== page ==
CM: The only book that I found myself sort of gravitating towards again and again is Ernest Hemingway’s “A Farewell To Arms,” just because it has this really detailed description of Milan, which is my hometown, so by re-reading it, it kind of takes me back. I’m more of a really bad re-watcher of movies, especially chick flicks, just because I get stressed very easily, and if I’m in a mood one night, I’ll want to watch a movie—I’d rather know how the movie ends or how it progresses so I’ll know if it’s going to make me feel a certain way or I’ll know what to expect.

AM: I was trying to think of specific movies that I know I’ve seen a million times, and there are only a couple that occur to me off the top of my head. “The Last Airbender,” the M. Night Shyamalan version of Avatar, is so bad. It’s like maybe the worst movie ever made. I have made a lot of people watch Avatar with me because it is one of my favorite pieces of media ever. And I feel like, to emotionally get over having finished this beautiful, wonderful story, the best thing to do is to watch it be butchered as horribly as possible for the entertainment value. So I’ve made a lot of people watch that with me.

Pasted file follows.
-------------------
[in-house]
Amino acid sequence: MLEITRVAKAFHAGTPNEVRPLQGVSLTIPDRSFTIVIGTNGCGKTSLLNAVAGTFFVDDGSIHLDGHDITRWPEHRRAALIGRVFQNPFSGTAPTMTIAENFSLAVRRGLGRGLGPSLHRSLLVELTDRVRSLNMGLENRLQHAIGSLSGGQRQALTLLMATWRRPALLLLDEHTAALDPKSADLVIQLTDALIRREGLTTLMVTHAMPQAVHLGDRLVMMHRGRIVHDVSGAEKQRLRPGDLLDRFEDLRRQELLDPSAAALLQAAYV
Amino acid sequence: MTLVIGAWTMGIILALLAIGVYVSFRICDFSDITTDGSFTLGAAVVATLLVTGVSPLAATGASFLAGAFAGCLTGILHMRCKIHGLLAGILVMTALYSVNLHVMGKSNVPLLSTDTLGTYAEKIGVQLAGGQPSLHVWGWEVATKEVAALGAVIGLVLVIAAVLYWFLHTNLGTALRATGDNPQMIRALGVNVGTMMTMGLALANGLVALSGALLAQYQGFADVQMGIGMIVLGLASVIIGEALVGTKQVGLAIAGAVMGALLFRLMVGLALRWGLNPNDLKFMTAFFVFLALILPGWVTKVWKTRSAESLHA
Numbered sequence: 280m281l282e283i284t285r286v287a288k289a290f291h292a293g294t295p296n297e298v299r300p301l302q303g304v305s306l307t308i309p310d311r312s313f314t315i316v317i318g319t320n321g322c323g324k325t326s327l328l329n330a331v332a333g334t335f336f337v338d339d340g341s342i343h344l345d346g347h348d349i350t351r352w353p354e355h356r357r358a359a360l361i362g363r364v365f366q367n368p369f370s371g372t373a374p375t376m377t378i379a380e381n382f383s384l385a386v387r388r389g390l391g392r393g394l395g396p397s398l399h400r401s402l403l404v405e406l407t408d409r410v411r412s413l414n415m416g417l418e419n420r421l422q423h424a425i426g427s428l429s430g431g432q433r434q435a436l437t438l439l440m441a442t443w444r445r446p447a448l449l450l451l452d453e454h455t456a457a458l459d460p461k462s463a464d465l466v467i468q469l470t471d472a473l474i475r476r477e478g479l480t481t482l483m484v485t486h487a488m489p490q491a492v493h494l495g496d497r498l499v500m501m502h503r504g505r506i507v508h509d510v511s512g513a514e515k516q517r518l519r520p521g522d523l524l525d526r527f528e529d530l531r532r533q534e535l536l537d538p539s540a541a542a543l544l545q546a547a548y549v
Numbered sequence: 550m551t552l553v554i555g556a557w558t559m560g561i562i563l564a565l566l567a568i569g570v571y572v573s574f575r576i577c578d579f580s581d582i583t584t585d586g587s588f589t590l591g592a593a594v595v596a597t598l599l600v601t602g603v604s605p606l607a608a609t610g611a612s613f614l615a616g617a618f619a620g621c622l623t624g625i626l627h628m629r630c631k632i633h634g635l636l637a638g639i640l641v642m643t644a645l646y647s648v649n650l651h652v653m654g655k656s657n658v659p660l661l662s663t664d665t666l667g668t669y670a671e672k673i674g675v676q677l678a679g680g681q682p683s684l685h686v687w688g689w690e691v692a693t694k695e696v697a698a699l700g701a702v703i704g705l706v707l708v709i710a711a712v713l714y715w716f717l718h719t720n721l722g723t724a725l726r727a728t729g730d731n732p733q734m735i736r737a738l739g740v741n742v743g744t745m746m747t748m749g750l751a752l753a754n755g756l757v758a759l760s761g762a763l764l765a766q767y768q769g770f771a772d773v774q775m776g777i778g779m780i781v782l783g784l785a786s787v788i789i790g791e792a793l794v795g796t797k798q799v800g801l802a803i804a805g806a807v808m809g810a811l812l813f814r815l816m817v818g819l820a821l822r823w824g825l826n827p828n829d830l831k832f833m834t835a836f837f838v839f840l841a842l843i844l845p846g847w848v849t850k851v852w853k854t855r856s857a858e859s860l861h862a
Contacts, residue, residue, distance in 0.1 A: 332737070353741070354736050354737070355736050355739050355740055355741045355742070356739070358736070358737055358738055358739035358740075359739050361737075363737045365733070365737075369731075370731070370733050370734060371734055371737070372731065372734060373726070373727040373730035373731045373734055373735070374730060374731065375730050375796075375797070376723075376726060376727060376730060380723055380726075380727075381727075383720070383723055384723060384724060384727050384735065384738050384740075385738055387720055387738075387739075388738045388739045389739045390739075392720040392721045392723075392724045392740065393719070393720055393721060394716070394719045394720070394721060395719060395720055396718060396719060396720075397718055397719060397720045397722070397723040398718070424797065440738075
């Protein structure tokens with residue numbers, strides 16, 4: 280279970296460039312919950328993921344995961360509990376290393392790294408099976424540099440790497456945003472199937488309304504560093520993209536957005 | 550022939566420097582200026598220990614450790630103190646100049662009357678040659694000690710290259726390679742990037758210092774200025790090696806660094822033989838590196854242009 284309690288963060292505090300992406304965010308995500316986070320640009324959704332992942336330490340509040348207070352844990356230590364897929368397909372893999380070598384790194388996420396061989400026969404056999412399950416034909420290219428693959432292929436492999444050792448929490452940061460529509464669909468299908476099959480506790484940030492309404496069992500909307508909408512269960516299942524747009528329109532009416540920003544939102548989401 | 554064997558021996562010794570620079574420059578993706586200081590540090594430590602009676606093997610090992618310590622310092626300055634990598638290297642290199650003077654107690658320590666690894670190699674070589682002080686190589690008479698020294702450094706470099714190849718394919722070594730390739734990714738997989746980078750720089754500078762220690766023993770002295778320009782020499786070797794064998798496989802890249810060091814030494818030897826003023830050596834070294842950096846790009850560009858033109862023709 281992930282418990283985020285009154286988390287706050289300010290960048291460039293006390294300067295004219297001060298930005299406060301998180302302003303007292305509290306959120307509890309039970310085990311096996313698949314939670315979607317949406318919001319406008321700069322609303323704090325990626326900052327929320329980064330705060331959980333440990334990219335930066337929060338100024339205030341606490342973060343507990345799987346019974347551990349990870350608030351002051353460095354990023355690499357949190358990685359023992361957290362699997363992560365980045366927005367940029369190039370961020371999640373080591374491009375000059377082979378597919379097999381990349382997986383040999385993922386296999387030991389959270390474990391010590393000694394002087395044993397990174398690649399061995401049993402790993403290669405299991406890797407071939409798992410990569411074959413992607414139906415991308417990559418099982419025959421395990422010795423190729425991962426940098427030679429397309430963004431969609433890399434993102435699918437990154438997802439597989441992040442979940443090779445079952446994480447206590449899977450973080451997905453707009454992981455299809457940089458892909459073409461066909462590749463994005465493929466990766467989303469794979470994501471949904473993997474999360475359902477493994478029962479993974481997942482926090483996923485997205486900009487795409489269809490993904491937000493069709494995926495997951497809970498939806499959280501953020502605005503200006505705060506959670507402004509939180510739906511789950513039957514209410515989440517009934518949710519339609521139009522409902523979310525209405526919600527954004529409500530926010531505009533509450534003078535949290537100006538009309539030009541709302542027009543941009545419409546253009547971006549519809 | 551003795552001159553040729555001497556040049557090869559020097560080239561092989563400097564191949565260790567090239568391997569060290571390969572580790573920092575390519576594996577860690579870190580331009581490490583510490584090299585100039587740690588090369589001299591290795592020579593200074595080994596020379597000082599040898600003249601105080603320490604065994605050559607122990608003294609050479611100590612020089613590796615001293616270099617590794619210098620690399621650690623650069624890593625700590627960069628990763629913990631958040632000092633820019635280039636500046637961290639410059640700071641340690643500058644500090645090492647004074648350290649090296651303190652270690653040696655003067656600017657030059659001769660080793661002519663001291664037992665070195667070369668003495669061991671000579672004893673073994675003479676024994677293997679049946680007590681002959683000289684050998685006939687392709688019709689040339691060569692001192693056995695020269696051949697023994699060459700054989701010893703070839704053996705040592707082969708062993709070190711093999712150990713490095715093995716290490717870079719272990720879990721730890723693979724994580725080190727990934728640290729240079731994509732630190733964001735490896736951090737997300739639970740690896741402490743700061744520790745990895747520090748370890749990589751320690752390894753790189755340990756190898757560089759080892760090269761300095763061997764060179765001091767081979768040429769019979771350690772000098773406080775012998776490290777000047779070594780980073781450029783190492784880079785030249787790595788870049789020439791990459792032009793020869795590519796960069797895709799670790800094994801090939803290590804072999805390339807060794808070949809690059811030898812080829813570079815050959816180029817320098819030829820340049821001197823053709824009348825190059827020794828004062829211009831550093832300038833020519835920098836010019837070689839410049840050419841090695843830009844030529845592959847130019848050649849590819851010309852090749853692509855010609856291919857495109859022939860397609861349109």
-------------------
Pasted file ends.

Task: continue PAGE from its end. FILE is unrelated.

GH: You’re so sadistic.

AM: Everything else I re-watch is mostly for the comfort reason. But that one is to torture my friends.

GH: What about the repeatability of something like a show? Say, a ballet. Because I’ve seen “The Nutcracker”—the first time my mom took me I was four, and apparently I stood up in the middle of the first act and said, “When are they gonna talk?” really loudly. But I’ve seen it every year since. I can recite it. Well, there’s no speaking.

AA: Can you do the dances?

GH: Absolutely not, because I’m an uncoordinated person, but I know exactly what happens every minute. And the music, obviously, is the same—bless you, Tchaikovsky.